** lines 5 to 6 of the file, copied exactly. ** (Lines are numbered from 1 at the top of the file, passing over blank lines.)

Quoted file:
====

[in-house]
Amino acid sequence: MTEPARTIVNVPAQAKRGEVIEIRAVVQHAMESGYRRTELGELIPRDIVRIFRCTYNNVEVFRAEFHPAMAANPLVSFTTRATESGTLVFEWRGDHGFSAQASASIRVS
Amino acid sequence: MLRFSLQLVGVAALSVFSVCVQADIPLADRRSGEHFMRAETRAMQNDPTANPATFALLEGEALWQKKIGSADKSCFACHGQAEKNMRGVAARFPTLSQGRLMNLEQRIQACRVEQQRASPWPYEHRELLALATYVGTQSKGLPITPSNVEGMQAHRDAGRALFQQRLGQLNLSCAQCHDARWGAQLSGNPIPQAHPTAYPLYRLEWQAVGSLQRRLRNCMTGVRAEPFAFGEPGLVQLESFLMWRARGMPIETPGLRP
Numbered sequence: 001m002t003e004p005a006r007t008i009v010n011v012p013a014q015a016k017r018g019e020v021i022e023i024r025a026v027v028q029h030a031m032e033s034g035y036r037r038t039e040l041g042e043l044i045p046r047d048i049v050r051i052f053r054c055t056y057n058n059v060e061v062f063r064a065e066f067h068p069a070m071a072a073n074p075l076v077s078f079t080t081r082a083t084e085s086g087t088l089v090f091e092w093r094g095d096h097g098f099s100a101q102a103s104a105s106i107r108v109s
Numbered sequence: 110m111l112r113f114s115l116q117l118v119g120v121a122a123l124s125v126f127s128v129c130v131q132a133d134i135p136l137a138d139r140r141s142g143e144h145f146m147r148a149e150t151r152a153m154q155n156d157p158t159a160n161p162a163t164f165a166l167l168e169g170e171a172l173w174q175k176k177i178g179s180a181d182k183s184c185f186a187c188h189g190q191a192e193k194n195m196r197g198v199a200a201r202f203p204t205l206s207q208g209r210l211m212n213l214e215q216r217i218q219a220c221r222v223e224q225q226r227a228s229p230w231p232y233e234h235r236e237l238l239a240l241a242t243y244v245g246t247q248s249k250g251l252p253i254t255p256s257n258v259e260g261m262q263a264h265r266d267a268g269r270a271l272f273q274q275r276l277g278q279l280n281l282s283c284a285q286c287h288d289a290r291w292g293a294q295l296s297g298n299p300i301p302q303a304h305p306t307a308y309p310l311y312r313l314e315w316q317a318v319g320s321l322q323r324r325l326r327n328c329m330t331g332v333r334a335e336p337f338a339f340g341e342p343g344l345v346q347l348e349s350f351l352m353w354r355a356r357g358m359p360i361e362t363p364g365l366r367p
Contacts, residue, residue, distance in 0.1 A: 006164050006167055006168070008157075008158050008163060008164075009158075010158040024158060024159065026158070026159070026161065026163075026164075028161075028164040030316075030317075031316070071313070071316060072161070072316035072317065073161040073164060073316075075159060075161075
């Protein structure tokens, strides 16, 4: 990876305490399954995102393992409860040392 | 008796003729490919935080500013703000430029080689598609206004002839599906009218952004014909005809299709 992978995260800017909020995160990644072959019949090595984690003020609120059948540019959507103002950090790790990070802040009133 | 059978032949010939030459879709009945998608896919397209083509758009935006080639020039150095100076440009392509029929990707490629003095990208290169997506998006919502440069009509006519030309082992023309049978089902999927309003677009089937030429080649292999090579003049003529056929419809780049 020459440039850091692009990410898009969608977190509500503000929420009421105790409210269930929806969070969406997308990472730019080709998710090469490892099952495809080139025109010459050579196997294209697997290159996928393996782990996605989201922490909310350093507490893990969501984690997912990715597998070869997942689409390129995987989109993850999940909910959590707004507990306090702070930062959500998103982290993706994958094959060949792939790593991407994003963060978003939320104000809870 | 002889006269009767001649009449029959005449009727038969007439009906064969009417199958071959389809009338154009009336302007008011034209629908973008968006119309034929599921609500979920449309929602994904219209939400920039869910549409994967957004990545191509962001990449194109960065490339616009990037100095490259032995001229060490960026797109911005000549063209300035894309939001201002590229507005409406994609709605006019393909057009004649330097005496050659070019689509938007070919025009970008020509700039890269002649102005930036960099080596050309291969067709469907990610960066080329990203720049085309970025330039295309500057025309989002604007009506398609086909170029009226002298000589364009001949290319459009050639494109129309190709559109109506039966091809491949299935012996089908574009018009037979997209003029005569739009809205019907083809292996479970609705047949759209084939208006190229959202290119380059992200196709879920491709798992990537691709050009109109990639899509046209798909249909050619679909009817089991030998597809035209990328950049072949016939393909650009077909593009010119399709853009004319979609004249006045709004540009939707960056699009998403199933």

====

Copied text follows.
Numbered sequence: 110m111l112r113f114s115l116q117l118v119g120v121a122a123l124s125v126f127s128v129c130v131q132a133d134i135p136l137a138d139r140r141s142g143e144h145f146m147r148a149e150t151r152a153m154q155n156d157p158t159a160n161p162a163t164f165a166l167l168e169g170e171a172l173w174q175k176k177i178g179s180a181d182k183s184c185f186a187c188h189g190q191a192e193k194n195m196r197g198v199a200a201r202f203p204t205l206s207q208g209r210l211m212n213l214e215q216r217i218q219a220c221r222v223e224q225q226r227a228s229p230w231p232y233e234h235r236e237l238l239a240l241a242t243y244v245g246t247q248s249k250g251l252p253i254t255p256s257n258v259e260g261m262q263a264h265r266d267a268g269r270a271l272f273q274q275r276l277g278q279l280n281l282s283c284a285q286c287h288d289a290r291w292g293a294q295l296s297g298n299p300i301p302q303a304h305p306t307a308y309p310l311y312r313l314e315w316q317a318v319g320s321l322q323r324r325l326r327n328c329m330t331g332v333r334a335e336p337f338a339f340g341e342p343g344l345v346q347l348e349s350f351l352m353w354r355a356r357g358m359p360i361e362t363p364g365l366r367p
Contacts, residue, residue, distance in 0.1 A: 006164050006167055006168070008157075008158050008163060008164075009158075010158040024158060024159065026158070026159070026161065026163075026164075028161075028164040030316075030317075031316070071313070071316060072161070072316035072317065073161040073164060073316075075159060075161075